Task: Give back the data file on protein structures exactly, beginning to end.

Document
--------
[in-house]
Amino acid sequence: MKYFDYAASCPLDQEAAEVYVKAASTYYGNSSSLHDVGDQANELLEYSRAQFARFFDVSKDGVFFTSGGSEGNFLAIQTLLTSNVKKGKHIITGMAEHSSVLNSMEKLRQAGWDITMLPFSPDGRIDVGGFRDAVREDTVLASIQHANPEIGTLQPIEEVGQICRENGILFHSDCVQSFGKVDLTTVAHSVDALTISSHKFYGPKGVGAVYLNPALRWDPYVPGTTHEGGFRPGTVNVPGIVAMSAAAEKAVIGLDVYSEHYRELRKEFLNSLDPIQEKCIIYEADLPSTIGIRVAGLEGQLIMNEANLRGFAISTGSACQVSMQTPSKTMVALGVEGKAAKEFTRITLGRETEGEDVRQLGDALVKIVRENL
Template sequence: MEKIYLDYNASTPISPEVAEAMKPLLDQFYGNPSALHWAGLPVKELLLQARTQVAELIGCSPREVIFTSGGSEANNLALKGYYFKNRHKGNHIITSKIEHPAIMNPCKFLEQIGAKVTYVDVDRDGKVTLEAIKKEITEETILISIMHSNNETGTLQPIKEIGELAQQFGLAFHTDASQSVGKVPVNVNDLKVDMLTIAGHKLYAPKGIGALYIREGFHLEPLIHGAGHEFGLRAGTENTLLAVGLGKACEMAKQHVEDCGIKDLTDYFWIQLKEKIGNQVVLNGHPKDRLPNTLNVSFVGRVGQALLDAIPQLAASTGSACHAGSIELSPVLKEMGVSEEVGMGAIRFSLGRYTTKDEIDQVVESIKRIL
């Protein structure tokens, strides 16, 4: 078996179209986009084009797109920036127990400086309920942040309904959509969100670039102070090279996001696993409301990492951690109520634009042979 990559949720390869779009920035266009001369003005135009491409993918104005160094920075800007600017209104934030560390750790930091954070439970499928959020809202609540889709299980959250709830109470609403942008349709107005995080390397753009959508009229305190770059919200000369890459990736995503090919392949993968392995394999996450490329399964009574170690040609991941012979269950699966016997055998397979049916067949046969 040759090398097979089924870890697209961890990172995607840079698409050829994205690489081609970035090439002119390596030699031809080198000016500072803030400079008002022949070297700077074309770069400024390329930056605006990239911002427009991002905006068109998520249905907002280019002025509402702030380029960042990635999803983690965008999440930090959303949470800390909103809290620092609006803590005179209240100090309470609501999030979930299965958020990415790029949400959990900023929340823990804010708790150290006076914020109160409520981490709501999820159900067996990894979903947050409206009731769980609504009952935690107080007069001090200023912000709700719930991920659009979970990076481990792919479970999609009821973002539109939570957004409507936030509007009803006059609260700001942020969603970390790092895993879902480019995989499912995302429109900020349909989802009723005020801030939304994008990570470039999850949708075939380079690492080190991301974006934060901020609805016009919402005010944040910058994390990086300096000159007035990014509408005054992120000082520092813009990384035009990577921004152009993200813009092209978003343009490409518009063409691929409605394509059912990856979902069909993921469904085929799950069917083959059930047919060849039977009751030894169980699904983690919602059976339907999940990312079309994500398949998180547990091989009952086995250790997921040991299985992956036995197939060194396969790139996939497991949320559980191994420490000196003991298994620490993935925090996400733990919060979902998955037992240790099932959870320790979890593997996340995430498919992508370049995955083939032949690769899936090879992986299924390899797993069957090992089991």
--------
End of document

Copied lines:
[in-house]
Amino acid sequence: MKYFDYAASCPLDQEAAEVYVKAASTYYGNSSSLHDVGDQANELLEYSRAQFARFFDVSKDGVFFTSGGSEGNFLAIQTLLTSNVKKGKHIITGMAEHSSVLNSMEKLRQAGWDITMLPFSPDGRIDVGGFRDAVREDTVLASIQHANPEIGTLQPIEEVGQICRENGILFHSDCVQSFGKVDLTTVAHSVDALTISSHKFYGPKGVGAVYLNPALRWDPYVPGTTHEGGFRPGTVNVPGIVAMSAAAEKAVIGLDVYSEHYRELRKEFLNSLDPIQEKCIIYEADLPSTIGIRVAGLEGQLIMNEANLRGFAISTGSACQVSMQTPSKTMVALGVEGKAAKEFTRITLGRETEGEDVRQLGDALVKIVRENL
Template sequence: MEKIYLDYNASTPISPEVAEAMKPLLDQFYGNPSALHWAGLPVKELLLQARTQVAELIGCSPREVIFTSGGSEANNLALKGYYFKNRHKGNHIITSKIEHPAIMNPCKFLEQIGAKVTYVDVDRDGKVTLEAIKKEITEETILISIMHSNNETGTLQPIKEIGELAQQFGLAFHTDASQSVGKVPVNVNDLKVDMLTIAGHKLYAPKGIGALYIREGFHLEPLIHGAGHEFGLRAGTENTLLAVGLGKACEMAKQHVEDCGIKDLTDYFWIQLKEKIGNQVVLNGHPKDRLPNTLNVSFVGRVGQALLDAIPQLAASTGSACHAGSIELSPVLKEMGVSEEVGMGAIRFSLGRYTTKDEIDQVVESIKRIL
């Protein structure tokens, strides 16, 4: 078996179209986009084009797109920036127990400086309920942040309904959509969100670039102070090279996001696993409301990492951690109520634009042979 990559949720390869779009920035266009001369003005135009491409993918104005160094920075800007600017209104934030560390750790930091954070439970499928959020809202609540889709299980959250709830109470609403942008349709107005995080390397753009959508009229305190770059919200000369890459990736995503090919392949993968392995394999996450490329399964009574170690040609991941012979269950699966016997055998397979049916067949046969 040759090398097979089924870890697209961890990172995607840079698409050829994205690489081609970035090439002119390596030699031809080198000016500072803030400079008002022949070297700077074309770069400024390329930056605006990239911002427009991002905006068109998520249905907002280019002025509402702030380029960042990635999803983690965008999440930090959303949470800390909103809290620092609006803590005179209240100090309470609501999030979930299965958020990415790029949400959990900023929340823990804010708790150290006076914020109160409520981490709501999820159900067996990894979903947050409206009731769980609504009952935690107080007069001090200023912000709700719930991920659009979970990076481990792919479970999609009821973002539109939570957004409507936030509007009803006059609260700001942020969603970390790092895993879902480019995989499912995302429109900020349909989802009723005020801030939304994008990570470039999850949708075939380079690492080190991301974006934060901020609805016009919402005010944040910058994390990086300096000159007035990014509408005054992120000082520092813009990384035009990577921004152009993200813009092209978003343009490409518009063409691929409605394509059912990856979902069909993921469904085929799950069917083959059930047919060849039977009751030894169980699904983690919602059976339907999940990312079309994500398949998180547990091989009952086995250790997921040991299985992956036995197939060194396969790139996939497991949320559980191994420490000196003991298994620490993935925090996400733990919060979902998955037992240790099932959870320790979890593997996340995430498919992508370049995955083939032949690769899936090879992986299924390899797993069957090992089991």